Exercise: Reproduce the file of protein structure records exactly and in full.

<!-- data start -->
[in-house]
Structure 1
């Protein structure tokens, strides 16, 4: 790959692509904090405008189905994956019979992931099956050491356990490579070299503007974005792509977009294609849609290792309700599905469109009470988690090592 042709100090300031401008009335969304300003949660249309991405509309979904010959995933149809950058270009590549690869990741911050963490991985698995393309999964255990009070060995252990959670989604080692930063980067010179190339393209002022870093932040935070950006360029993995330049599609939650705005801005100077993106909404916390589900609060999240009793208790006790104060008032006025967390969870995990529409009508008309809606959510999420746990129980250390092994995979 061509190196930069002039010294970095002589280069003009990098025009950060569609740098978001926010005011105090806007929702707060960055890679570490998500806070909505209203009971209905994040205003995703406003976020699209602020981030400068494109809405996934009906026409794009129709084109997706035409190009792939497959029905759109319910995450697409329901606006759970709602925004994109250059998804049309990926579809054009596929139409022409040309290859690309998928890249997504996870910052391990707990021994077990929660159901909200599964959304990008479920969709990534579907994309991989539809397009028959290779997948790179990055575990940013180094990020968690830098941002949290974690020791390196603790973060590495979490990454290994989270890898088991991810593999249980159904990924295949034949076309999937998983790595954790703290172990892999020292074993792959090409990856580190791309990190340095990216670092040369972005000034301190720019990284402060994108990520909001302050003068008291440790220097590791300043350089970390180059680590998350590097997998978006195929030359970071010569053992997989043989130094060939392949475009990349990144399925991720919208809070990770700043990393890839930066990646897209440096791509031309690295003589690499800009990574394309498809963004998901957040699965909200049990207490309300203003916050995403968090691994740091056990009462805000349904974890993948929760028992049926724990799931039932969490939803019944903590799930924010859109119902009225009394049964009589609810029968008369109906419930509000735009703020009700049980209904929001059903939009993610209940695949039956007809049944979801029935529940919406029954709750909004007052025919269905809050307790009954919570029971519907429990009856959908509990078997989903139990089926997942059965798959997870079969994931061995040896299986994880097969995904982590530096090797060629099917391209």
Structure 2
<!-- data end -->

[in-house]
Structure 1
């Protein structure tokens, strides 16, 4: 790959692509904090405008189905994956019979992931099956050491356990490579070299503007974005792509977009294609849609290792309700599905469109009470988690090592 042709100090300031401008009335969304300003949660249309991405509309979904010959995933149809950058270009590549690869990741911050963490991985698995393309999964255990009070060995252990959670989604080692930063980067010179190339393209002022870093932040935070950006360029993995330049599609939650705005801005100077993106909404916390589900609060999240009793208790006790104060008032006025967390969870995990529409009508008309809606959510999420746990129980250390092994995979 061509190196930069002039010294970095002589280069003009990098025009950060569609740098978001926010005011105090806007929702707060960055890679570490998500806070909505209203009971209905994040205003995703406003976020699209602020981030400068494109809405996934009906026409794009129709084109997706035409190009792939497959029905759109319910995450697409329901606006759970709602925004994109250059998804049309990926579809054009596929139409022409040309290859690309998928890249997504996870910052391990707990021994077990929660159901909200599964959304990008479920969709990534579907994309991989539809397009028959290779997948790179990055575990940013180094990020968690830098941002949290974690020791390196603790973060590495979490990454290994989270890898088991991810593999249980159904990924295949034949076309999937998983790595954790703290172990892999020292074993792959090409990856580190791309990190340095990216670092040369972005000034301190720019990284402060994108990520909001302050003068008291440790220097590791300043350089970390180059680590998350590097997998978006195929030359970071010569053992997989043989130094060939392949475009990349990144399925991720919208809070990770700043990393890839930066990646897209440096791509031309690295003589690499800009990574394309498809963004998901957040699965909200049990207490309300203003916050995403968090691994740091056990009462805000349904974890993948929760028992049926724990799931039932969490939803019944903590799930924010859109119902009225009394049964009589609810029968008369109906419930509000735009703020009700049980209904929001059903939009993610209940695949039956007809049944979801029935529940919406029954709750909004007052025919269905809050307790009954919570029971519907429990009856959908509990078997989903139990089926997942059965798959997870079969994931061995040896299986994880097969995904982590530096090797060629099917391209």
Structure 2